Along with Joss Whedon and Christopher Nolan, he is considered one of the most prolific modern "genre" TV/film creators since Steven Spielberg, including by Spielberg himself, who produced Abrams' tribute to 70s/80s Spielberg sci-fi, Super 8.
He likes red balls and playing with the perception of time, as well as having a thing for Lens Flares. He hates airplanes (both Lost and Fringe have had more than one airline-related disaster—and the other stuff on the list of credits also have had aviation-related incidents).
Contrary to popular belief, his involvement in Lost was marginal: He and eventually Damon Lindelof were asked to help flesh out a concept for the show when ABC chairman Lloyd Braun rejected Jeffrey Lieber's treatment, but by the time the first season started to take off, Abrams had already left to direct Mission: Impossible III. Lindelof, suddenly left alone with the Showrunner burden, considered quitting too, but was convinced by former co-writer Carlton Cuse to stay. Cuse then joined the show as a second showrunner. Abrams remained an executive producer, and later briefly returned to write the season 3 premiere together with Lindelof, but as he and others stated in numerous interviews Lindelof and Cuse ran the show entirely without him.
Has a similar "shepherding" role to most TV series he is involved in, including Fringe and Person of Interest, With his most hands-on projects being his movies. He also developed the concept for the novel S, which was written by Doug Dorst.
- Alcatraz (executive producer)
- Anatomy of Hope
- Armageddon (writer)
- Cloverfield (creator, producer)
- Family Guy (guest voice, one episode)
- Felicity (executive producer)
- Forever Young (writer)
- Fringe (executive producer and writer)
- Gone Fishin' (writer)
- The Heavy (producer)
- Jimmy Kimmel Live! (guest director, one episode)
- Joy Ride (writer, producer)
- Lost (producer, writer, director)
- Mission: Impossible III (director)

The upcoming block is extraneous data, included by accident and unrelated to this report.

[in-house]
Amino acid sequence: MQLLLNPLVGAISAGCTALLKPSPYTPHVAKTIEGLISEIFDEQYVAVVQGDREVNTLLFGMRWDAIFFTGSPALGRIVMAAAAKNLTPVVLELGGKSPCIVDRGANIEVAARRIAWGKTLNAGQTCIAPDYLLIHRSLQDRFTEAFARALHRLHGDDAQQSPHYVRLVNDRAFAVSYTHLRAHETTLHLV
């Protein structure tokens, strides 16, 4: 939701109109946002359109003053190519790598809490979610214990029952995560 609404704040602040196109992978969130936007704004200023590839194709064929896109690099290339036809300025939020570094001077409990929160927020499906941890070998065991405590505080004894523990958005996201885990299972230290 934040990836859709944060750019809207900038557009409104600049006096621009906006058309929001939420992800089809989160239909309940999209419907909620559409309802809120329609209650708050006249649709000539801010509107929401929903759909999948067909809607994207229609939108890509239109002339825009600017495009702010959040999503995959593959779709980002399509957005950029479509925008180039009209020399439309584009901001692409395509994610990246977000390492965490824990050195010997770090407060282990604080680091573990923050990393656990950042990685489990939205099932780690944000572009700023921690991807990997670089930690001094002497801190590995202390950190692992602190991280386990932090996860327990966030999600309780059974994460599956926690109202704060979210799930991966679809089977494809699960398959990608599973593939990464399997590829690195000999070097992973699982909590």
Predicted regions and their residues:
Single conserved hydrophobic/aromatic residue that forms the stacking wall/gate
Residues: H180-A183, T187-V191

- Morning Glory (producer)
- Overlord (2018) (producer)
- Person of Interest (producer)
- Regarding Henry (writer)
- S. (Conceived by Abrams, written by Doug Dorst)
- Six Degrees
- Star Trek (2009) (director)
- Star Wars Episode VII: The Force Awakens (director, co-writer with Lawrence Kasdan)
- Super 8 (director, writer)
- Taking Care of Business (writer)
- The Catch
- The Office (US)
- The Pallbearer
- The Suburbans
- Westworld (producer)
- What About Brian
J.J. Abrams and his works frequently contain examples of:
- Action Girl: Occurs quite frequently. Alias and Fringe both star iconic women in action roles, Sydney Bristow, Olivia Dunham, Michelle and Rey respectively.
- Author Appeal: In addition to the aforementioned Action Girl, lens flares. Both Star Trek films and Super 8 made extensive use of it and his usage of it is a prime source of parody.
- Creator Thumbprint: His films and shows feature the name "Kelvin," in honor of his grandfather.
- Doing It for the Art: He is a supporter of keeping film/celluloid cameras in use in Hollywood, alongside Christopher Nolan and Quentin Tarantino. The three of them, and a few other filmmakers, even formed a coalition to "bail out" Kodak to keep film stock in production.
- Kill and Replace: Tends to happen at least once per show with regards to a prominent side character, notable in the second seasons of both Alias and Fringe.
- Lens Flare: A stylistic trope more prevalent in his movies than his TV shows, with Star Trek (2009) being the biggest offender thus far.
- Magic Realism: Alias, Felicity, and Lost all have elements of this. Lost is probably the best example.
- Production Posse: His films have Alex Kurtzman & Roberto Orci as writers and Michael Giacchino as composer. When he can, he will always try to fit Greg Grunbergnote or Simon Pegg in either a cameo or supporting role.
- Promoted Fanboy:
- Sci-Fi Writers Have No Sense of Scale: His recent forays into space opera have shown that he has serious issues grasping the scale of interplanetary and interstellar distances. Star Trek (2009) and Star Trek: Into Darkness both contain egregious examples of this trope but Star Wars Episode VII: The Force Awakens takes it Up to Eleven.
- The Reveal/Teasing Creator: His "Mystery Box" concept is built around keeping one element of a project under wraps during marketing so that an audience will keep guessing. After Star Trek: Into Darkness took this approach with Khan, a backlash started to emerge against it.